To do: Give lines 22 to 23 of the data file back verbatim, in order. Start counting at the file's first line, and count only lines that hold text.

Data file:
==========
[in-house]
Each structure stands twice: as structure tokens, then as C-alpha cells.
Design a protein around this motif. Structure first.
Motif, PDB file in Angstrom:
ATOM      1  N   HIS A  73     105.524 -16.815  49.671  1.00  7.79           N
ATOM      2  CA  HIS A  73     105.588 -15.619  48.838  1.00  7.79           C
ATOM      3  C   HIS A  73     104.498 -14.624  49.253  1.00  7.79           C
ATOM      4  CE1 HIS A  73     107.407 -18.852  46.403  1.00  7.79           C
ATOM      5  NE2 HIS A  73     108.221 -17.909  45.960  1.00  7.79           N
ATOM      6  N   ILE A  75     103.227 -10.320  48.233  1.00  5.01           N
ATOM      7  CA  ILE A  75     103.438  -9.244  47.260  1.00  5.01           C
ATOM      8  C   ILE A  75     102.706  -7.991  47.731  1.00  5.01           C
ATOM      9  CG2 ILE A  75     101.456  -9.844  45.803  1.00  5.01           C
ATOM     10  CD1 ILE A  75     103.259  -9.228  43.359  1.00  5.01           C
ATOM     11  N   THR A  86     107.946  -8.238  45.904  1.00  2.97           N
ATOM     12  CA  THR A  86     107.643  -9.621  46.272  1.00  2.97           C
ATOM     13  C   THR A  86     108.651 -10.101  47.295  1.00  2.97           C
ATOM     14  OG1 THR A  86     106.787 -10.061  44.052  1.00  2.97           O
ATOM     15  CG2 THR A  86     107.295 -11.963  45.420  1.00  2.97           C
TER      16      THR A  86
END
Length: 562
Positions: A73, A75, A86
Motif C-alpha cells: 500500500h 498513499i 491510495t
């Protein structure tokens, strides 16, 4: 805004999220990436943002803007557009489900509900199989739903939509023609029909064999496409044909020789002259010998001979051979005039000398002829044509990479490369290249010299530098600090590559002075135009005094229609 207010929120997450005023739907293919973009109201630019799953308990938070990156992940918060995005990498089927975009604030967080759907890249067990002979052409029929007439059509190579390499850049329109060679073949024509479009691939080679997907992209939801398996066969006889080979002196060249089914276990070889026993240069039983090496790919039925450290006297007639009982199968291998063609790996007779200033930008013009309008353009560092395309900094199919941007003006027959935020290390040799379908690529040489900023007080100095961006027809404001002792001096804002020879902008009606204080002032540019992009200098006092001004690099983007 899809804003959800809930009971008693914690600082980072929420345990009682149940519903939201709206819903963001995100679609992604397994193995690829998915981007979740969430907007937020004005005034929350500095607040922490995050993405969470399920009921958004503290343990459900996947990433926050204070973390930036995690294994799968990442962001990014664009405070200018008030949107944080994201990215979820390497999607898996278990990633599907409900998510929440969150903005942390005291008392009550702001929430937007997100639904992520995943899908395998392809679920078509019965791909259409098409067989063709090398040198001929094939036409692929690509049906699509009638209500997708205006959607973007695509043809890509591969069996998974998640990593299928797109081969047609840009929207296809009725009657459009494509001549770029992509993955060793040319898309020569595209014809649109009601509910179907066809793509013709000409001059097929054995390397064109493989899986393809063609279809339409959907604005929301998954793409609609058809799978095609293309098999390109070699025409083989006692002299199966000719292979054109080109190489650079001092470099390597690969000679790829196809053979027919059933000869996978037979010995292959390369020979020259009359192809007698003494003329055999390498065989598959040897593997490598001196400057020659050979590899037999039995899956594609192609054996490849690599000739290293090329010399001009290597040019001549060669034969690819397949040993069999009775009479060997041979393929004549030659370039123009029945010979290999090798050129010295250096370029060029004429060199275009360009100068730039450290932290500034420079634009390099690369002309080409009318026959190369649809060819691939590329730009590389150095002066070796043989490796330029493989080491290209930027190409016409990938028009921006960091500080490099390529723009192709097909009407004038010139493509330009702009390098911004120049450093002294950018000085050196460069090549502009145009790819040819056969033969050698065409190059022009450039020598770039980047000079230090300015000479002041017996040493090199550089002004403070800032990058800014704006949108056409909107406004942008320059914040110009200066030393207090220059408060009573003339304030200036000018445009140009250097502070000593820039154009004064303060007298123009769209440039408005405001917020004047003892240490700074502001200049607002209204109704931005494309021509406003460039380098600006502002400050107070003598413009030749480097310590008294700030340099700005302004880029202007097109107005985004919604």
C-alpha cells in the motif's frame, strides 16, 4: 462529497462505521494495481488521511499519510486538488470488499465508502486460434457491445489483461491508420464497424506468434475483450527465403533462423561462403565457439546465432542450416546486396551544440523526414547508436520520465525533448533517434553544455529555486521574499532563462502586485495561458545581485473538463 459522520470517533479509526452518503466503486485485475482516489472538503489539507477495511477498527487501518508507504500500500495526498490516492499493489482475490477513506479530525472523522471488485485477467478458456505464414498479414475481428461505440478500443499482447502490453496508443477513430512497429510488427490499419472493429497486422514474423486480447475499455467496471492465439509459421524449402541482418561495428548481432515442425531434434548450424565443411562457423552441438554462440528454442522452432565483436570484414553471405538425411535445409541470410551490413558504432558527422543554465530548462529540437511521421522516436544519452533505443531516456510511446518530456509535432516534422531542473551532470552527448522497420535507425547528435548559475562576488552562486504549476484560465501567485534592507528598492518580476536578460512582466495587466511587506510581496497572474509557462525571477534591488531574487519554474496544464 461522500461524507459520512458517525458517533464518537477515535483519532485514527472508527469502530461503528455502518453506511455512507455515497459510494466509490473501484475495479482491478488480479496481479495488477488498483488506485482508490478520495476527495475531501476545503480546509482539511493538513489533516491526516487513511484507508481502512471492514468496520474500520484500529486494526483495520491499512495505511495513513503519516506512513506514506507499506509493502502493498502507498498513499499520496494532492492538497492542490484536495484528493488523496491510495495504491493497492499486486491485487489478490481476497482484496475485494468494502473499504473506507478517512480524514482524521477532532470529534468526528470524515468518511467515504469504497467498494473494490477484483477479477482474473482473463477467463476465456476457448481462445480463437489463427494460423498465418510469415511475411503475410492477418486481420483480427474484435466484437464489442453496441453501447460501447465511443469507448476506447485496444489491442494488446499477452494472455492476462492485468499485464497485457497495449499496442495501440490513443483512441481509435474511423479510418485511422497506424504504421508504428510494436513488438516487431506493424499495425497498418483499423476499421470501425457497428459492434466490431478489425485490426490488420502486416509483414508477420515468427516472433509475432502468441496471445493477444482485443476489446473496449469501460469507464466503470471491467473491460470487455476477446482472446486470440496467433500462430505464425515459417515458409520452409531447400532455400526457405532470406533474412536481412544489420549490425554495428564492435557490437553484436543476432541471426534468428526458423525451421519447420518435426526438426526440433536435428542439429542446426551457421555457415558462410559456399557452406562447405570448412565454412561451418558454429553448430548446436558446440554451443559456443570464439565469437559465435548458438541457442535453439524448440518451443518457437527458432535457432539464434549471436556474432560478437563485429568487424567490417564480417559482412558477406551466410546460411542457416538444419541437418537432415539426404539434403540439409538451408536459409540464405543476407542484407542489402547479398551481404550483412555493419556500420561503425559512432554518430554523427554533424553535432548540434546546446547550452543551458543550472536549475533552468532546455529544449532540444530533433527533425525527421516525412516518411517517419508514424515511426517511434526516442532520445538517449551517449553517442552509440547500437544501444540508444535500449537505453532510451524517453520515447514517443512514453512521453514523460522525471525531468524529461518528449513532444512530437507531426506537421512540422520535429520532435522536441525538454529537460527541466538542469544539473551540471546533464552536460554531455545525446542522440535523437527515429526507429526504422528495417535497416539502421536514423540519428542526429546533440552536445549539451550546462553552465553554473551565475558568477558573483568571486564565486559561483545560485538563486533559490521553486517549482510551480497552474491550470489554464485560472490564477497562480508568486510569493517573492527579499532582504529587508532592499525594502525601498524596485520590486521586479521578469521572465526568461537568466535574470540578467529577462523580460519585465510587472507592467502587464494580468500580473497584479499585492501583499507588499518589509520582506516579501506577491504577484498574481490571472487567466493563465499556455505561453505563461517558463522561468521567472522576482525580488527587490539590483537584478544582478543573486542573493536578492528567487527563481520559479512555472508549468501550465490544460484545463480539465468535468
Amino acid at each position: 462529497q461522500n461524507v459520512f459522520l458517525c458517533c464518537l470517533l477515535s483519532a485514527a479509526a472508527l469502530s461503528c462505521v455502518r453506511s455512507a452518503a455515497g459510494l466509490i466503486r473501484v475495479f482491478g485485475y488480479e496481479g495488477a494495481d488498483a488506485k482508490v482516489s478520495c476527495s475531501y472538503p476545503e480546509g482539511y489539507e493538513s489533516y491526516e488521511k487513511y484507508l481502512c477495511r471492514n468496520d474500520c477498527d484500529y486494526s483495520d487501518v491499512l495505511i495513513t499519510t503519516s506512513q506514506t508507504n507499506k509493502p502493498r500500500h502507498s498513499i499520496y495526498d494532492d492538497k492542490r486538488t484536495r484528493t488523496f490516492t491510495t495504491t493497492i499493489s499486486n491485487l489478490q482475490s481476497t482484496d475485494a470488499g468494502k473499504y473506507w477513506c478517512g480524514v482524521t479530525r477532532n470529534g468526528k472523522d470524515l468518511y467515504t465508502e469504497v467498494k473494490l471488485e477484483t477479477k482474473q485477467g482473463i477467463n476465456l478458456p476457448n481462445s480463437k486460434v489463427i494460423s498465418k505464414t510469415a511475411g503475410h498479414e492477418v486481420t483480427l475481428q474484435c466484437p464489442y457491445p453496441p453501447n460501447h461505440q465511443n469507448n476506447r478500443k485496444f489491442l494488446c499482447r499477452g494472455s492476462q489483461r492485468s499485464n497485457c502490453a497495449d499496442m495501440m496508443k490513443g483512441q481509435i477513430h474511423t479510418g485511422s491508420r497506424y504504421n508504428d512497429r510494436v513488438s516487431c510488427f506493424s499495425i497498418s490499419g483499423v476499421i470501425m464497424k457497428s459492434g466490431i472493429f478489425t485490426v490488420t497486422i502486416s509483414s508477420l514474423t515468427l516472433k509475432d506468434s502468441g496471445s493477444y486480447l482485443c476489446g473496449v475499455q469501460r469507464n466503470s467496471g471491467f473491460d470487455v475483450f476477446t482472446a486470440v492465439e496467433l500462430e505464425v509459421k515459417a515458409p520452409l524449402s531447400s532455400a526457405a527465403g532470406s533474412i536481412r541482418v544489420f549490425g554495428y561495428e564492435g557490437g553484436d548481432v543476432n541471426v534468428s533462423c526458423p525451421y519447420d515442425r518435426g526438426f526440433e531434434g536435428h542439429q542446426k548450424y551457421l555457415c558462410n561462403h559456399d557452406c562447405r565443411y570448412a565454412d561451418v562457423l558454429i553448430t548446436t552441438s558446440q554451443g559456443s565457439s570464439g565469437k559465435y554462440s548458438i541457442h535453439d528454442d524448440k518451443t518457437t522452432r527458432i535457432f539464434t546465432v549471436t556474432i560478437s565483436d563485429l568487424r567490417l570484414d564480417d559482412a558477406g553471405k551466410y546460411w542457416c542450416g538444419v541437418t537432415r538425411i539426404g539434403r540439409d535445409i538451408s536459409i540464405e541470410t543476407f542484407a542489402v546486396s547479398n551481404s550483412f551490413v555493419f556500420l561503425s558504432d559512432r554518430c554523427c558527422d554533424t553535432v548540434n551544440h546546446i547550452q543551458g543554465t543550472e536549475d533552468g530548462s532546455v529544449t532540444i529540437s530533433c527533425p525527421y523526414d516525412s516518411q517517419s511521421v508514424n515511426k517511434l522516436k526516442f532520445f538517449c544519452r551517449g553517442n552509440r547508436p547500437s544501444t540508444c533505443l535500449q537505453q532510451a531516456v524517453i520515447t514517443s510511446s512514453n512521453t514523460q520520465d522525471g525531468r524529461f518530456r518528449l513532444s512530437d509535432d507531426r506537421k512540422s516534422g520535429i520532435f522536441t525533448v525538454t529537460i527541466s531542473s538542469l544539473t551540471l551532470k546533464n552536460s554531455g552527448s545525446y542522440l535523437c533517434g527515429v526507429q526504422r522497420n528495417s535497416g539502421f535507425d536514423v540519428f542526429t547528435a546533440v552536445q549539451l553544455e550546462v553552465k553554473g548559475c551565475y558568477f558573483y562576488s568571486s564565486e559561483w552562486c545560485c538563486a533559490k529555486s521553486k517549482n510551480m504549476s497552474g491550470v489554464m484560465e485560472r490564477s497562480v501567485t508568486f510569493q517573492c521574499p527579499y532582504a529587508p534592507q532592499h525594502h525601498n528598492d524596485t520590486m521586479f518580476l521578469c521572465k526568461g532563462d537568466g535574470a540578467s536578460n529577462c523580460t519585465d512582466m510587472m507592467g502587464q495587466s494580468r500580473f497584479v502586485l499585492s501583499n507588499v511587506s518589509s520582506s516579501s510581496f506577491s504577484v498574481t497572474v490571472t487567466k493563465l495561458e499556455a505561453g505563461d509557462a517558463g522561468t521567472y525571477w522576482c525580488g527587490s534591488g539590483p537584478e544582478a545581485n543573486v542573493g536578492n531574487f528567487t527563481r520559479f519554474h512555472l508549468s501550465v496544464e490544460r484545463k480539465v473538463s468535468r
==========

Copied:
Length: 562
Positions: A73, A75, A86